J Harwood and Louise Cochrane

The Cochrane Rockville Library has always been more than just a place to check out books. It has been a community gathering spot where you could visit with neighbors, attend a garden club meeting or, on election days, vote. It’s the local precinct.

And it’s also the sort of place where, if you time your visit just right, you might be able pick up a few homegrown tomatoes or cucumbers.

“People would bring in vegetables from their gardens that started to overflow this time of year,” said Donna-Jo Webster, former branch manager of the library, before adding with a laugh, “We always ate well around August and September.”

The library was quiet — as libraries often are — when I showed up Wednesday morning, but the hush might have hung a little heavier than usual. The library lost a good friend Monday night when trucking magnate J. Harwood Cochrane died at age 103, a little more than seven months after his wife, Louise, died at 99.

As longtime residents of Rockville, tucked in the lovely countryside of western Hanover County, the Cochranes were longtime supporters of the library, and they had a lot of friends in the community.

“They were such giving people,” said Beth Jeffords, an associate at the library. “They’ve been wonderful to the community. We are all very grateful.”

The Cochranes were well-known philanthropists, having given large sums to organizations such as the Virginia Museum of Fine Arts, the Richmond Symphony and Lewis Ginter Botanical Garden, but their charity began at home.

The Cochranes, who lived for 50 years at Walnut Hill on the South Anna River, not far from the library, donated land and helped finance construction of the nearby International Mission Board’s International Learning Center.

When word came that postal officials were planning to bring in a prefabricated post office to replace the community’s aging one, the Cochranes stepped in, essentially said, “That won’t do,” and had an architect draw up plans for a brick post office that resembles the historic Hanover Courthouse. The Cochranes wound up building the post office and leasing it to the postal service.

The Cochranes also developed a subdivision in the area, built a gymnasium and did things like invite Scout troops to their property for field trips. But as a lasting contribution to the community, it’s hard to top the Cochrane Rockville Library.

For many years, Rockville didn’t have a public library with roof and walls, and instead was served by a bookmobile sent by Pamunkey Regional Library. In the late 1970s, the Rockville Woman’s Club spearheaded an effort to convert a yellow 19th-century farmhouse into a library. The farmhouse worked well as a makeshift library for a few years, but then became too small as the library operations grew.

Liking the idea of creating a place for the community to come together and learn, the Cochranes stepped in and donated land and construction costs to construct a colonial-style building that opened as the new library in 1985.

The library was a great success and a source of great pride in the community as it came to serve as a hub of activity. By the early 2000s, though, the library was “bursting at the seams,” said Webster, who besides being a former branch manager is a lifetime member of Friends of the Rockville Library.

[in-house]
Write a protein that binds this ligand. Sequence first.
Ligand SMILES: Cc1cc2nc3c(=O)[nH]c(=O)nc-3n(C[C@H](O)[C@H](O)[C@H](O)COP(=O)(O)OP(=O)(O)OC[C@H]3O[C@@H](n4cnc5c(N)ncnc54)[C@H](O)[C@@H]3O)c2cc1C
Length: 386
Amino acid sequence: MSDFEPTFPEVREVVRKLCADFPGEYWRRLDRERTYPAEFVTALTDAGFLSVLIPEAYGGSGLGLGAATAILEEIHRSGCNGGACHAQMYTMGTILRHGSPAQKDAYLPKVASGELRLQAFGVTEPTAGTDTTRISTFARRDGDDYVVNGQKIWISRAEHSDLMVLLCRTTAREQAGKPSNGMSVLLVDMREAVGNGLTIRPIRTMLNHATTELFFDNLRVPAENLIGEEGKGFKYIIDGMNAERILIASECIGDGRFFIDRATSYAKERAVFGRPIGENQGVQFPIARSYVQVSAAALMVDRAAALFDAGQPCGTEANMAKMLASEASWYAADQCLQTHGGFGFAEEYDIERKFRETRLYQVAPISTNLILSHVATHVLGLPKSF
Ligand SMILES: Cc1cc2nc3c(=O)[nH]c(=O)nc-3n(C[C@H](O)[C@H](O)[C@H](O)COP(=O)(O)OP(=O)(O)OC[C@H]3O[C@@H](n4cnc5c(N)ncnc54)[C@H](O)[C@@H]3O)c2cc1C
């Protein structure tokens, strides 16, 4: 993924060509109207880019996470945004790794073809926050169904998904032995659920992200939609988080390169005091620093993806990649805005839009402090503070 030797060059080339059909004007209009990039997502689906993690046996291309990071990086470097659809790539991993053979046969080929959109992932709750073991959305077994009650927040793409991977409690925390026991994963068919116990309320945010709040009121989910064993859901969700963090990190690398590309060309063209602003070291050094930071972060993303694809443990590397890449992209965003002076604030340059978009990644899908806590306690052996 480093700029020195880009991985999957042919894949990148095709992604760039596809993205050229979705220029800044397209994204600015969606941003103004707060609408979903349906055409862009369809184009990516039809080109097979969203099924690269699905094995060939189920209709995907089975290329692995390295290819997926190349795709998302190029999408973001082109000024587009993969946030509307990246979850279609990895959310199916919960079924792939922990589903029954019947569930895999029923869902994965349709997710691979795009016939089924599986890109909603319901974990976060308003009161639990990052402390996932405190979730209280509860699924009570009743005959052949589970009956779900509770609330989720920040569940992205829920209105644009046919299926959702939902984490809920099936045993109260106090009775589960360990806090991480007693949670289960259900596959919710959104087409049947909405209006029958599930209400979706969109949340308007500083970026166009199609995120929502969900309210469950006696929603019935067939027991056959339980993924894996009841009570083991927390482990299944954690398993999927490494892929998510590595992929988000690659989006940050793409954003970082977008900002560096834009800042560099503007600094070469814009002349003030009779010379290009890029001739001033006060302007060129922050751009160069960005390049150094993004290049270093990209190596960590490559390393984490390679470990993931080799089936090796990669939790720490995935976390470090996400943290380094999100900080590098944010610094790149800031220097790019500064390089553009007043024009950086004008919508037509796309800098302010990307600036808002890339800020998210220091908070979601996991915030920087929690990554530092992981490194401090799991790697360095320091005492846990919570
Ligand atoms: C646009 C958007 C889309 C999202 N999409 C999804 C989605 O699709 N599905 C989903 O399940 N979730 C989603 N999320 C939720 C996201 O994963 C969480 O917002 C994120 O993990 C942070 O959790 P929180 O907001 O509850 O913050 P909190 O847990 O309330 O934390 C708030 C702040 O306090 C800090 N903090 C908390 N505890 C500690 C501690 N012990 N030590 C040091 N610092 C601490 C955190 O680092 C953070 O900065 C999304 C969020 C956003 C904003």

A library expansion was to be on the ballot as part of a countywide bond referendum — until it wasn’t. Webster said the library was told it could be a decade before the expansion plan might be part of a bond referendum. That’s not being put on the back burner, that’s being put on a stove three streets over.

“Word got back to Mr. Cochrane,” Webster recalled. “He thought about it for all of about a minute or two and said, ‘I’ll tell you what: I’ll donate whatever it takes.’”

He paid to renovate the building. The newly expanded library opened in 2005.

“One thing that always struck me about Mr. Cochrane was his humility,” Webster said. “We wanted to call it the J. Harwood Cochrane Library or the Harwood and Louise Cochrane Library. He politely refused several times over, saying he really hadn’t done anything other than write a check. Eventually, though … he agreed to the name change, ‘But only if the building is renamed after my family.’”

Burned in Amy Mendelson Cheeley’s memory is a scene from an event at Walnut Hill in the summer of 2004. The Cochranes invited Friends of the Rockville Library to hold a “barn sale” on their property to raise money toward the library expansion by selling old furniture and other items donated by the Cochranes and the community at large.

It was a hot, steamy day, recalled Cheeley, a former president of the Friends group.

“Late in the day, after the balance of the items had been sold, the Cochranes … walked hand-in-hand down the road from the barn to their home, and it was quite a distance,” she said. “I remember just watching them walk away, and it struck me as amazing that these two individuals, who had donated millions of dollars to charitable organizations, museums and the arts, had volunteered not only their property and money, but their energy and love to be with us at the sale. They were always gracious and humble.”

By Bill Lohmann
Richmond Times Dispatch
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